Considering the numbers, it's strange that the Islanders haven't been getting similar hype. Which brings us to our next point...
Deadline Moves? No team is perfect, but the Islanders are pretty close
We find ourselves a bit bemused at having to remind the
naysayers national media that this version of the Isles is one of the most complete teams to ever exist in, like, franchise history or whatever, but such are the times in which we live.
No, the Isles don't need to make a trade. This roster is the finished product with which Garth Snow and Jack Capuano are willing to go to war. There is no need to add anything to it.
Snow had the best offseason of any NHL GM—and it's not close—which was capped off by him moving mere draft picks and prospects for Johnny Boychuk(!) and(!) Nick Leddy(!) less than a week before the start of the regular season, but somehow there exists this perception that he owes it to the team to make yet another move at the trade deadline that will magically put the Islanders over the top. (For real this time!)
This is confusing/unsettling/wrong/rotflolololol.
Why is a trade absolutely necessary? When 100 percent healthy, the Islanders have more players than they have roster spots. Their backups have been at or better than replacement-level. Their ideal lineup is already in place and ready to be iced at some point before (and during) the playoffs.
Yes, injuries are things that may happen at some undefined point in the future—Mikhail Grabovski and Kyle Okposo come to mind, because recency bias—but to use the "what-if" game as a means of arguing that a trade has to be made is a cop-out often used by talking heads when they're scrambling to say something, anything, about any team.
A house built on sand, etc. etc.
That line of hypothetical reasoning is like when columnists knock the Isles for not having "the type of postseason experience it takes to win." Which: huh?
Boychuk and Leddy already have championships to their names. Jaroslav Halak, Travis Hamonic, Kyle Okposo, John Tavares and others all have prior postseason experience. And last we checked, there have been teams in history that won Stanley Cups despite not having won them the year before.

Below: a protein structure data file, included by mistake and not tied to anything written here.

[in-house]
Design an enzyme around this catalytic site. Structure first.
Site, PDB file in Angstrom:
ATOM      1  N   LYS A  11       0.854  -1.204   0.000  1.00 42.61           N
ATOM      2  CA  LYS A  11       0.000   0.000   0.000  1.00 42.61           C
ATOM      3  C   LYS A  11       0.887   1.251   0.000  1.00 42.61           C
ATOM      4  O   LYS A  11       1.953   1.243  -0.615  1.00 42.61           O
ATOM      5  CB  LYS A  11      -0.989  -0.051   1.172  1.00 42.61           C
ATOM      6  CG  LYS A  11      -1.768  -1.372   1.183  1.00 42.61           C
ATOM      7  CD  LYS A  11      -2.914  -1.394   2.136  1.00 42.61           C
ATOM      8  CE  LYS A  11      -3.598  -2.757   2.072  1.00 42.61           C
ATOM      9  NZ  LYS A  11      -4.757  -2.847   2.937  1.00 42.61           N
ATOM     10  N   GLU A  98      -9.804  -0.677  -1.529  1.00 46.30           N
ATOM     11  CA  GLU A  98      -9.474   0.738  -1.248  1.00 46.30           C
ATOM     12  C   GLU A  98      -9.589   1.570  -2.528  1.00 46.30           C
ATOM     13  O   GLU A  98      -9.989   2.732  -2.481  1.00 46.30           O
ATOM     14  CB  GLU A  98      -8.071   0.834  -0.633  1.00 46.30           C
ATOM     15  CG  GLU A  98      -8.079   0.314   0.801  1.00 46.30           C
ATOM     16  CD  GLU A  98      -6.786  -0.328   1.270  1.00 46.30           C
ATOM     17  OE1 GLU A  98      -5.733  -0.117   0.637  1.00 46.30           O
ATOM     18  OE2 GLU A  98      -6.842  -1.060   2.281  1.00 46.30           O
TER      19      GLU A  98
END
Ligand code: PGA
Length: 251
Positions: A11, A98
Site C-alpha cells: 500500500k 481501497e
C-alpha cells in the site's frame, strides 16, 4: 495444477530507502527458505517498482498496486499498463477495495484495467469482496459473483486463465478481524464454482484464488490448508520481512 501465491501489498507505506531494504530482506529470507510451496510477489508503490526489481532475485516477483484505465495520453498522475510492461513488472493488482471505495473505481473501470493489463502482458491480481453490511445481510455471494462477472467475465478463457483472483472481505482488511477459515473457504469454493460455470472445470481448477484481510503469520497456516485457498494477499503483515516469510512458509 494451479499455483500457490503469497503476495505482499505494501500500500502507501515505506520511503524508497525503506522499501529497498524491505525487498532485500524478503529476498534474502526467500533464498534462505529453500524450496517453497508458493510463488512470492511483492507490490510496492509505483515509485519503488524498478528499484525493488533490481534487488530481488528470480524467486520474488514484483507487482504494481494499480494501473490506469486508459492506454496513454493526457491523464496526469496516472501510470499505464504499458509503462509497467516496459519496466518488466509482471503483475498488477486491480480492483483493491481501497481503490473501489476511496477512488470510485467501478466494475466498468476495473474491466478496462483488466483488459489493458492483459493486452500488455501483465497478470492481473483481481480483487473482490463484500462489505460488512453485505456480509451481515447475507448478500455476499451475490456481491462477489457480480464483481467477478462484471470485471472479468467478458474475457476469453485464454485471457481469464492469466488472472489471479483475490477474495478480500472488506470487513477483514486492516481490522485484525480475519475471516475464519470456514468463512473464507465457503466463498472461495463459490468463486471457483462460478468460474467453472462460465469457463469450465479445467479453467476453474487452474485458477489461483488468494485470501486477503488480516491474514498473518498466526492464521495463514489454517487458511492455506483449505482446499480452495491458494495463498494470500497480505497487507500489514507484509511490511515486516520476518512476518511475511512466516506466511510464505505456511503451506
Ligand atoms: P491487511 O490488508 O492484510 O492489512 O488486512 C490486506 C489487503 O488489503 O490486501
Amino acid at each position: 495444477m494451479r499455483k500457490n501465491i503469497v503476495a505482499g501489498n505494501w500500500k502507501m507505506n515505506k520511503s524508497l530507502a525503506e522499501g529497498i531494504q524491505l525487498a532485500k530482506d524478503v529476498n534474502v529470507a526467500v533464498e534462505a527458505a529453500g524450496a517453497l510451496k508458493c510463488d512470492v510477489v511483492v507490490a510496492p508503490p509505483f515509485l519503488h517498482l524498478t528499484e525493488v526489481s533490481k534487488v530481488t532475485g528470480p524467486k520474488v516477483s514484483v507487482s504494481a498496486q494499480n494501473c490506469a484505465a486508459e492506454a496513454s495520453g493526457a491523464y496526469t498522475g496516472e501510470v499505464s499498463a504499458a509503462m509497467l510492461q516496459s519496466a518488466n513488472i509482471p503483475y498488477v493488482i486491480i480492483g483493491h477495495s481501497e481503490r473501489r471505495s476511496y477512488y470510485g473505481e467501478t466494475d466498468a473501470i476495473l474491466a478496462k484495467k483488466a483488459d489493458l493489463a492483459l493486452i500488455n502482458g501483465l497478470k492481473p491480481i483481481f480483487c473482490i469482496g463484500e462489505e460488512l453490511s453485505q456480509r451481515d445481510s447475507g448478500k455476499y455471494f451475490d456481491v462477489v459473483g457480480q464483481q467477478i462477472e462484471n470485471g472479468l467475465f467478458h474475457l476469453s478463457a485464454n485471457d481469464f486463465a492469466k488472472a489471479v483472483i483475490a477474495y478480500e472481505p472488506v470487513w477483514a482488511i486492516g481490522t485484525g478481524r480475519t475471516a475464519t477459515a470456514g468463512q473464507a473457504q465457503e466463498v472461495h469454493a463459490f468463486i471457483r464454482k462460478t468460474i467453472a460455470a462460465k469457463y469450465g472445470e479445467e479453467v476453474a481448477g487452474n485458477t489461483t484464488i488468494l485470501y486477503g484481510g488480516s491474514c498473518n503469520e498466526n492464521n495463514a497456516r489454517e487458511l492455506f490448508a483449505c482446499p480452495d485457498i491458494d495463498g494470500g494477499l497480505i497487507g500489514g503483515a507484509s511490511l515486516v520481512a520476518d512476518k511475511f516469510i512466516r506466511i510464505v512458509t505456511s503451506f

It feels like things have gone so well for the Islanders this season that the media has been a) forced to pay [the slightest of] attention to them, and b) reduced to grasping at straws when trying to find any glaring issues.
The penalty kill aside, when the fan base's biggest complaint is about which player should be the team's seventh defenseman or whether the backup goaltending has been better-than-replacement level, that's a sure sign that this team is for real.
The only other legitimate question mark is whether Halak will get hot and reprise his performance from the 2010 playoffs. And based on his 11 consecutive wins earlier this season—and his franchise record-tying 32 wins overall—there's a good chance he reverts to his career numbers sooner rather than later.
No longer should anyone be dismissing the Islanders as this year's upstart club likely to flame out come the postseason. Arguments about trades or the Isles "not having what it takes to win" don't hold water at this point. What they're doing on the ice can't be considered "cute" anymore. After all, it's been happening since Oct. 10 and has continued all season long.
Unless by "cute" you mean "dominant" in which case, yes: it's "cute."
Charts courtesy of War-On-Ice.com. That site is the best.